Graham Kibble-White meets IT girl Katherine Parkinson...
Amid much recent media speculation about the death of the sitcom comes The IT Crowd.
Filmed in front of a studio audience in a traditional three-walled set and sporting an array of winningly daft gags, it's a world away from the current trend for documentary-style comedies delving into the darker side of human nature.
From the pen of Graham Linehan, who co-created Black Books and Father Ted, it tells the tale of Roy (Chris O'Dowd), Moss (Richard Ayoade) and manager Jen (Katherine Parkinson) - the IT department of Reynholm Industries.
While their social betters work upstairs in fantastic surroundings, the trio are cut off in a horrible dark basement underneath it all, dreaming of the day they'll gain the acceptance of their glamorous peers.
"It was a lot of fun," grins 28-year-old Katherine, referring to the show's eight-week production process. "It was an intensive period, but great because we got into a good rhythm.
"We'd rehearse in the week and then go to Teddington on the Friday to shoot it in front of a studio audience."
For someone used to working unsociable hours in the theatre, the Monday to Friday arrangement proved extremely appealing.
"Just thinking back now, it was so satisfying," she says. "You'd get to the end of the week, have the gratification of doing the performance and then have the weekend to relax.
"It was a good way to work and it made me sort of envy most of the working population who do that all year round. I don't think that'll happen in my next job."
Despite that, there was one factor above all others which attracted Katherine to the project.
"I just thought the scripts were so funny," she reveals. "I know Graham has a reputation in this field and so does the producer Ash Atalla (best known for producing The Office), but even if I hadn't been aware of all that, I would have wanted to do it anyway.
"It could have been written by a tramp for all I cared," she laughs, "and I would have still taken the job. The scripts just read so well."
Because of this, she bashfully claims: "If the show fails, we're all going to blame our own performances.
"I just hope we've done it justice. If we have, then it'll be a great success."
Despite her admiration for the writing, during the rehearsal period the cast did feel free to suggest script changes as they went along.
"With someone like Graham, you've got a writer who has that really rare quality of being quite willing to take things out if he, or someone else, doesn't think they're working. And, in every case, he was able to come up with something that's as good or even better as a replacement in an instant.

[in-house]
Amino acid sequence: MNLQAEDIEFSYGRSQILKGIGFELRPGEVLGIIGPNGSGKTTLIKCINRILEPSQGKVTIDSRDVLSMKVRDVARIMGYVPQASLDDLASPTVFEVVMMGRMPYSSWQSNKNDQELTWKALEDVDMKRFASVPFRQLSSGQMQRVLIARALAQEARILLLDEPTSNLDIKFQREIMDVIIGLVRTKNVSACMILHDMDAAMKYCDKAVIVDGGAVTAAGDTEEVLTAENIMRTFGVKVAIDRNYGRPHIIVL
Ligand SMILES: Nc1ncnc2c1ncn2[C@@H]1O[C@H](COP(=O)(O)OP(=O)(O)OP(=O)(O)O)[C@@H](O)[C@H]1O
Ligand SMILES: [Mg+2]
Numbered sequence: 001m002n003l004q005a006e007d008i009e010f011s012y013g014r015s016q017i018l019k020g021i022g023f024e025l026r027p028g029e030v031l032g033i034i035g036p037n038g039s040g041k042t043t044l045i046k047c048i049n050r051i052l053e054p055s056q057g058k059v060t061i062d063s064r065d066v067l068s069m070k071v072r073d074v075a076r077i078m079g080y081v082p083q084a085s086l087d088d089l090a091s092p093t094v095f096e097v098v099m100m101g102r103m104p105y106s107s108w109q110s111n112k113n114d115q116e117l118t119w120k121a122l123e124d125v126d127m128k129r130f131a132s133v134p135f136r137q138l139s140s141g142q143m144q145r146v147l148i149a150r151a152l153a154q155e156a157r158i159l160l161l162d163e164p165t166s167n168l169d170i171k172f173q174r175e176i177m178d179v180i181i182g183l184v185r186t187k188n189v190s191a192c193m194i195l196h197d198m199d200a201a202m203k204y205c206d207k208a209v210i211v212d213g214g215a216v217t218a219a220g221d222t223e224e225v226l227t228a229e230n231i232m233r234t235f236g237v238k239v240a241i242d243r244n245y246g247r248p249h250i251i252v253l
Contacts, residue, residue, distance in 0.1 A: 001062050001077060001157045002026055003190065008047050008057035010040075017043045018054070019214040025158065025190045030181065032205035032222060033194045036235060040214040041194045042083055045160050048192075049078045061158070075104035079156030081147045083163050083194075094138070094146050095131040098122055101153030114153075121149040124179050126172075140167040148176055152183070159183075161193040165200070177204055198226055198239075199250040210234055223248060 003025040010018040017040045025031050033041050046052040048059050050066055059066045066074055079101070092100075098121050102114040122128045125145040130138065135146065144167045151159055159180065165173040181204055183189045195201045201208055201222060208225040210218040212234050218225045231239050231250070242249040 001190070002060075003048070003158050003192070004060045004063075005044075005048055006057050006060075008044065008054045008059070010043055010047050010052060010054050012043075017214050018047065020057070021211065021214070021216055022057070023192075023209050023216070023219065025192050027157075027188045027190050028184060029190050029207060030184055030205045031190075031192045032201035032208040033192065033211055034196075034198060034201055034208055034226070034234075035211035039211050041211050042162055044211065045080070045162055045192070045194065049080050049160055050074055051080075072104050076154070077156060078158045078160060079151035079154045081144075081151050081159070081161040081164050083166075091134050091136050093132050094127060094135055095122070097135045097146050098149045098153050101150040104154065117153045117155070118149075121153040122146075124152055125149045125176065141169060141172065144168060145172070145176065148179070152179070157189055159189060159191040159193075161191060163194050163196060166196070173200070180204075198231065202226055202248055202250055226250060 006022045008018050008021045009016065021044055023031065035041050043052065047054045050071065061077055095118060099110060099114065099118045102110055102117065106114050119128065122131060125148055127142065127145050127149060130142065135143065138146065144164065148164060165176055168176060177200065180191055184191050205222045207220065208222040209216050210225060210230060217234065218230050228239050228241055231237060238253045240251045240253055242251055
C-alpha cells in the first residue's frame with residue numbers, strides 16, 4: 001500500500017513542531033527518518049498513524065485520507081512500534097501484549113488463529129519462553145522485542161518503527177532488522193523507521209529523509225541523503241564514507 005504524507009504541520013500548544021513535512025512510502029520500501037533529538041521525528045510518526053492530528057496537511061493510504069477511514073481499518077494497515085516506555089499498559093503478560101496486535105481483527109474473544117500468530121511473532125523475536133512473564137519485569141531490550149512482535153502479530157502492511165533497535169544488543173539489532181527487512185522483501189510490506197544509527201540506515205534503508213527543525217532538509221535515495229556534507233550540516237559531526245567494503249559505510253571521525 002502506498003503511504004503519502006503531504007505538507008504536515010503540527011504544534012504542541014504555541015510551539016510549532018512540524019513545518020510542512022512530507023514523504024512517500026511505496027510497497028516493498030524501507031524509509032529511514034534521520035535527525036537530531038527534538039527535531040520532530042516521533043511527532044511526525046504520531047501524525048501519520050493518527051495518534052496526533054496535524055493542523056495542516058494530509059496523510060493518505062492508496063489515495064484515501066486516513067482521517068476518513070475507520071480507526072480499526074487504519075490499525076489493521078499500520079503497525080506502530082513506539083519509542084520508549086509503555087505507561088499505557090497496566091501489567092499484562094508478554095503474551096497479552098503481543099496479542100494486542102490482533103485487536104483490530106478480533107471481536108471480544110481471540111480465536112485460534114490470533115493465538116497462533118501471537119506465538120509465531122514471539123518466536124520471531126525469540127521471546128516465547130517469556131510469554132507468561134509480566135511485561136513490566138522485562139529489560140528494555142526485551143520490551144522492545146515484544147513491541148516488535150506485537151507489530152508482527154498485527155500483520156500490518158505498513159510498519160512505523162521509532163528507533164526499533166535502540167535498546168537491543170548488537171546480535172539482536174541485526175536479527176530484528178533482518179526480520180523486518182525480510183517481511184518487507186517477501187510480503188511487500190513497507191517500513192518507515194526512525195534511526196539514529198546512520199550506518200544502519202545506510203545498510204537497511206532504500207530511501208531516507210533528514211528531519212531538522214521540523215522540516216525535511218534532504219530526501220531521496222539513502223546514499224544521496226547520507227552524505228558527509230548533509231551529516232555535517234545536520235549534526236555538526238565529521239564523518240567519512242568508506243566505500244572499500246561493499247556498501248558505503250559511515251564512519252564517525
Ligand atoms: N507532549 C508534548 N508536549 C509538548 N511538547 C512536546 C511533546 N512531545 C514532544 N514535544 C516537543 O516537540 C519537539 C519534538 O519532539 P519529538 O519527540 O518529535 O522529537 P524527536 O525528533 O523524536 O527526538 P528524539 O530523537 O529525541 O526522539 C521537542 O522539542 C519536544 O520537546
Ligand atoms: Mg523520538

"I really admired him for making those alterations. He was working hard throughout the week, because the whole thing was changing a lot.
Sometimes things that work on the page just don't when you actually come to perform them."
With things shifting so much, Katherine confesses that she would get slightly worried as Friday approached and elements of the script still seemed to be up in the air. However, because of the cast's involvement in the process, it wasn't hard to learn their lines.
"I think we only did it like this because, as actors, Richard, Chris and I are all used to learning things quickly," she explains.
"I'm sure some people would find it all quite worrying, particularly if they were doing a play and it was a very big emotional performance. In that instance, changing things just wouldn't be on.
"But this was different. We were essentially dealing with jokes and so I think we were allowed to make alterations for the benefit of the show."
Although most viewers will know Katherine from her appearance in Doc Martin as Pauline Lamb, she has enjoyed an extensive career on the stage. Despite the superficial similarities, she reckons performing a TV show in front of an audience is a completely different experience to treading the boards.
"People do say it's similar," she says, "however it felt to me just like shooting normal TV, but with a lot of people watching. Because you have this big queue of cameras between you and the audience, you don't get that feeling you do in the theatre where you're holding everyone's attention.
"It was a really interesting experience, though. And it does help to have a crowd, because it gives you a sense of occasion which you have to rise to."
A recurring theme in the show is Katherine's character's dissatisfaction with the job she's doing. It's something the actress can relate to.
"I read Classics at Oxford and, not to denigrate my degree, I was very fraudulent in doing that. A lot of people lived and breathed the subject, whereas I just thought it was a good way to get a degree.
"After university I had a year out where I was a waitress at a high-powered American-themed diner. They actually made me do an audition to get the job. Obviously, I'm not a particularly shy person, but I became one there. In fact, I was quickly demoted and they kept me in the kitchen all the time."
As for where work will take her next, it's back to the theatre for a new dramatic production.
"I don't just consider myself a comedy actress," she says. "I mean, I can do it, but then, I think any actor should be able to. In fact, you should be able to do a bit of everything. I would be upset if I ended up being pigeon-holed in one genre."
As for whether or not the old cliche about comedy being harder than drama is true, Katherine bursts into laughter.
"I don't know!" she giggles. "I don't know if what I'm doing in The IT Crowd is successful comedy acting!"
The reviews, it seems, will tell her that.
"I feel I'm doing my work for the public," she says, "and if they don't like it, I should stop. So, I'll certainly be keeping my ear to the ground."
* The IT Crowd is on Channel 4 from Friday February 3 ..SUPL: